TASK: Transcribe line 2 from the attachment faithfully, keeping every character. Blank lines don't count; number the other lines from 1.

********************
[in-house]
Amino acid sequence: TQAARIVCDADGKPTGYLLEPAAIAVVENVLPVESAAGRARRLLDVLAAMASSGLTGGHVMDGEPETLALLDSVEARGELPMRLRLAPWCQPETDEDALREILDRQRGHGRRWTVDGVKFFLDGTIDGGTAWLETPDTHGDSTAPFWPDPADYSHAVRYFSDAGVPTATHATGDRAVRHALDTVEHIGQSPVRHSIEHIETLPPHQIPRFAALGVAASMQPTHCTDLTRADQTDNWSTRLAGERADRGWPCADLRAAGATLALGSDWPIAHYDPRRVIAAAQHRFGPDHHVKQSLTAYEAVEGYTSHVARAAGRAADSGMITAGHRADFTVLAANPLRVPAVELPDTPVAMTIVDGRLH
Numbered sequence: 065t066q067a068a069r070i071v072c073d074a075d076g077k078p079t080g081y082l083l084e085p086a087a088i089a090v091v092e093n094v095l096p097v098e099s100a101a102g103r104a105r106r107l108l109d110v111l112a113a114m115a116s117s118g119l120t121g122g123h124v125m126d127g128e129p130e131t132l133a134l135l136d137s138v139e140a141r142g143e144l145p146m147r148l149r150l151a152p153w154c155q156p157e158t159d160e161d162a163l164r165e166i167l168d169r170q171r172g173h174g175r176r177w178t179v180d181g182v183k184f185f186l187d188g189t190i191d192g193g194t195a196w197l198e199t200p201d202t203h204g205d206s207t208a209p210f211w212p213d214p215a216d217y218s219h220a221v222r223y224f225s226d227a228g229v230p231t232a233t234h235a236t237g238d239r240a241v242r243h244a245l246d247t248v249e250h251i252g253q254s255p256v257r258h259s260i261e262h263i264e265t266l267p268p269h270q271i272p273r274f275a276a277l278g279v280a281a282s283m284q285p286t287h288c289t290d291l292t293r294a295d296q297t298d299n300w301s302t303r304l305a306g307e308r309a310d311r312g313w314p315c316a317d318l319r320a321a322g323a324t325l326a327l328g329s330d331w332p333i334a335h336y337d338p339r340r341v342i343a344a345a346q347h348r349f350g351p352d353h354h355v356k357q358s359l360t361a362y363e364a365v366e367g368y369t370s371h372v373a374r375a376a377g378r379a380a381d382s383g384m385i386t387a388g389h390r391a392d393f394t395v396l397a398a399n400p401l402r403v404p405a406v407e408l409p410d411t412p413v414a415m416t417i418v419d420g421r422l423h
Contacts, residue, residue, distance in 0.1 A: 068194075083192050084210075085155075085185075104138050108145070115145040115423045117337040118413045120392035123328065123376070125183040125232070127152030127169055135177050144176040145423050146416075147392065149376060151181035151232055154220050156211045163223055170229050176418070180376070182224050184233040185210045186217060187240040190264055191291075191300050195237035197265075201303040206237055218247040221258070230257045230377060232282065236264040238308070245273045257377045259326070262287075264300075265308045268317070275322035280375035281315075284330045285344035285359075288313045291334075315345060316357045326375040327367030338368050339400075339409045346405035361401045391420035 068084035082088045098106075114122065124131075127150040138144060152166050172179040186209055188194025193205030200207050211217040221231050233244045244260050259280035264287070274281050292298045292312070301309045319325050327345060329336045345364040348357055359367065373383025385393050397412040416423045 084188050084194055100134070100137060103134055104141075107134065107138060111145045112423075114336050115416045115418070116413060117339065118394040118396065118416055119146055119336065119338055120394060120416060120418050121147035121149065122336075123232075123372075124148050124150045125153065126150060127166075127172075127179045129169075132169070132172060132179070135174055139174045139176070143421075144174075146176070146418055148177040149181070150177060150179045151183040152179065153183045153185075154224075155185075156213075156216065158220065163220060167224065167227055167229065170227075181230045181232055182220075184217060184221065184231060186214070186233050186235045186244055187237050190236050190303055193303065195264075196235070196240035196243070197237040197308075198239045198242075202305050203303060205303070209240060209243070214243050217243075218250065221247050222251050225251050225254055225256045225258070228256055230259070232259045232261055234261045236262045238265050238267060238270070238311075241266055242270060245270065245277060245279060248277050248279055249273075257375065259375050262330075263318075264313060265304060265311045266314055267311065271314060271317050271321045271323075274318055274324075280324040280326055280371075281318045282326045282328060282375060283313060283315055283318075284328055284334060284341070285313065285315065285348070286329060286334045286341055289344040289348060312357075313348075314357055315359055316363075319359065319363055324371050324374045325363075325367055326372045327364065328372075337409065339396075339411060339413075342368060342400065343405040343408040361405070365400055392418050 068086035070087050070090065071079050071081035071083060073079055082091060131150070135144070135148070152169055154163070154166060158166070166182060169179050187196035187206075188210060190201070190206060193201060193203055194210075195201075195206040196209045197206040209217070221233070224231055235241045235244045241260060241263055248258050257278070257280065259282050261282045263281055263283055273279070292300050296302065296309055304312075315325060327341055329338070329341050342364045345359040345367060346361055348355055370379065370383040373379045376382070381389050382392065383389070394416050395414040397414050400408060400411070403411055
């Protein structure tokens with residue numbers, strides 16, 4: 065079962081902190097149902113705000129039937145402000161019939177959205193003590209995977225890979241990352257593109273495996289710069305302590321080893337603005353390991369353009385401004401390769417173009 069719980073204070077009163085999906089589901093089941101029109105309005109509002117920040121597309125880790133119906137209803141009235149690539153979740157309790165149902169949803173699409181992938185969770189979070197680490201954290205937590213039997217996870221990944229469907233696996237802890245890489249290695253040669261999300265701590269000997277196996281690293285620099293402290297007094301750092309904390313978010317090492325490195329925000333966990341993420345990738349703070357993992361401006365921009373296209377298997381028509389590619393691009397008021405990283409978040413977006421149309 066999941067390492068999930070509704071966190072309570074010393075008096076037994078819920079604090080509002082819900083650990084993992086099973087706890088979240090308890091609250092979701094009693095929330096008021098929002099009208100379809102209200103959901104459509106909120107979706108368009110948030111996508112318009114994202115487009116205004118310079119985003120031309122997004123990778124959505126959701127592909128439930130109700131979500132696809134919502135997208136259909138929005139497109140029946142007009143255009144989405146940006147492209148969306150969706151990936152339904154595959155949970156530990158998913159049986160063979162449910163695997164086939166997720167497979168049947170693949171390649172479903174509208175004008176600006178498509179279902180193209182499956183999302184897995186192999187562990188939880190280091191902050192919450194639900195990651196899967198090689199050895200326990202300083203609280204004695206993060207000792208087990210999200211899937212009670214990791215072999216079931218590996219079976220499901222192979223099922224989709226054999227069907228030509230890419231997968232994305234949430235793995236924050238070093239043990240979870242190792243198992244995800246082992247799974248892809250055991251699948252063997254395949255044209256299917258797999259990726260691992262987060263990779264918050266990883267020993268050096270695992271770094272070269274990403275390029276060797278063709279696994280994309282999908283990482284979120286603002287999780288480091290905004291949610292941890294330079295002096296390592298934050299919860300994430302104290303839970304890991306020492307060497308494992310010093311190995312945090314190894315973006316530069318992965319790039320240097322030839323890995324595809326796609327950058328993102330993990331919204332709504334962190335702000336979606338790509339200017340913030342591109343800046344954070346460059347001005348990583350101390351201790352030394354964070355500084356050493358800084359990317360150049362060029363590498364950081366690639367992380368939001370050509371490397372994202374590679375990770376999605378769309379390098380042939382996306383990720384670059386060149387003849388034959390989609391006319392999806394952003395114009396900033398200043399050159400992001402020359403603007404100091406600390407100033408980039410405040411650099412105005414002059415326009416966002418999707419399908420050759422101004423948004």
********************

Amino acid sequence: TQAARIVCDADGKPTGYLLEPAAIAVVENVLPVESAAGRARRLLDVLAAMASSGLTGGHVMDGEPETLALLDSVEARGELPMRLRLAPWCQPETDEDALREILDRQRGHGRRWTVDGVKFFLDGTIDGGTAWLETPDTHGDSTAPFWPDPADYSHAVRYFSDAGVPTATHATGDRAVRHALDTVEHIGQSPVRHSIEHIETLPPHQIPRFAALGVAASMQPTHCTDLTRADQTDNWSTRLAGERADRGWPCADLRAAGATLALGSDWPIAHYDPRRVIAAAQHRFGPDHHVKQSLTAYEAVEGYTSHVARAAGRAADSGMITAGHRADFTVLAANPLRVPAVELPDTPVAMTIVDGRLH